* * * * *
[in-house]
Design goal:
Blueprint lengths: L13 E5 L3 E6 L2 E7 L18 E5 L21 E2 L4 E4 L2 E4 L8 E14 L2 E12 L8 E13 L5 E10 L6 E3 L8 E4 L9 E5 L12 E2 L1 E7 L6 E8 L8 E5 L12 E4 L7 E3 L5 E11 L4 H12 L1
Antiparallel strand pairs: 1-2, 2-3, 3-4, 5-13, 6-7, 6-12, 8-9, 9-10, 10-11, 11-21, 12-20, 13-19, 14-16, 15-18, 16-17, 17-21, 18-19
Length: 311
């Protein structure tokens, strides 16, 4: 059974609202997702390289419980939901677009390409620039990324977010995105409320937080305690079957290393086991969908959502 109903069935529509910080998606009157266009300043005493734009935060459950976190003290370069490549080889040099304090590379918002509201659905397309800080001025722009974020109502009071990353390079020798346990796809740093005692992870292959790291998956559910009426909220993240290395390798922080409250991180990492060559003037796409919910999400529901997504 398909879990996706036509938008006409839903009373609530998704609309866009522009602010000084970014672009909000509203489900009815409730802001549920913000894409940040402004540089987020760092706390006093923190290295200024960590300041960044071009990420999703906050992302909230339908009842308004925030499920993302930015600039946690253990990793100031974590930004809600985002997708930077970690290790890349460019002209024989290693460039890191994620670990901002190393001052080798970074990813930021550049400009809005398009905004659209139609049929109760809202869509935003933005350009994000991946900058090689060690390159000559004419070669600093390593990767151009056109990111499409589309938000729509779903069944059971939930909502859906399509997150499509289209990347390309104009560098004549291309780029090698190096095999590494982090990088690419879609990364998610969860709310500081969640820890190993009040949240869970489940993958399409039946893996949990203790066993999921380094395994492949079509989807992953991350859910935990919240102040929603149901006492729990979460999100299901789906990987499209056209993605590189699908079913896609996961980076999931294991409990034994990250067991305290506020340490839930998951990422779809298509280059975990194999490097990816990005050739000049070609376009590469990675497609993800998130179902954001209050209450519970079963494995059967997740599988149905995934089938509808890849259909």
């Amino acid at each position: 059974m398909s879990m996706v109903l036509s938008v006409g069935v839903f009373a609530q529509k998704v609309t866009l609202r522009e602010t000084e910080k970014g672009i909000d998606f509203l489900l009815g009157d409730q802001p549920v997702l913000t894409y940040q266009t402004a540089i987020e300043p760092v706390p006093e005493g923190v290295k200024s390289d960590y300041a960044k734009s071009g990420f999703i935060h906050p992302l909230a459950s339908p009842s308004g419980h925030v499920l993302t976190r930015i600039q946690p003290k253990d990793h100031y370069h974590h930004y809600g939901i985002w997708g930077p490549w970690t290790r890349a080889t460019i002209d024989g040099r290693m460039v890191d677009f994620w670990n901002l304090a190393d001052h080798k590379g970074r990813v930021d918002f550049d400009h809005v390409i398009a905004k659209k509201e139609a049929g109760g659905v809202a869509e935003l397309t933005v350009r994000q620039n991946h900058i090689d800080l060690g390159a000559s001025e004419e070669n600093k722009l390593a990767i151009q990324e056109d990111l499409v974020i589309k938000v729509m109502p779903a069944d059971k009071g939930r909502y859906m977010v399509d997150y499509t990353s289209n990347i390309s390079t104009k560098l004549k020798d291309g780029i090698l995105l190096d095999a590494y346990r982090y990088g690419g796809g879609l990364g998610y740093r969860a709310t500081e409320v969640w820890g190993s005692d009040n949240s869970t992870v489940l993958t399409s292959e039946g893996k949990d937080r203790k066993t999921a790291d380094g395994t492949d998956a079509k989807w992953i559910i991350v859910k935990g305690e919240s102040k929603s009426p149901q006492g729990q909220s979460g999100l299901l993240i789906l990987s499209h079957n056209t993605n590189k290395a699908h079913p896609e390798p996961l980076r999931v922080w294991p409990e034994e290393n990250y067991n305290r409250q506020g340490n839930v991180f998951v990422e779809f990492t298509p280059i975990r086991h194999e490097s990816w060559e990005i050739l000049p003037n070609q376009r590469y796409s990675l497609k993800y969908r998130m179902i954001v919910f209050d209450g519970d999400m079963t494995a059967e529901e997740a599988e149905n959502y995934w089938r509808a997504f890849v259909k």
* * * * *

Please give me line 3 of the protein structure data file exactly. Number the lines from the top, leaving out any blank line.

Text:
Blueprint lengths: L13 E5 L3 E6 L2 E7 L18 E5 L21 E2 L4 E4 L2 E4 L8 E14 L2 E12 L8 E13 L5 E10 L6 E3 L8 E4 L9 E5 L12 E2 L1 E7 L6 E8 L8 E5 L12 E4 L7 E3 L5 E11 L4 H12 L1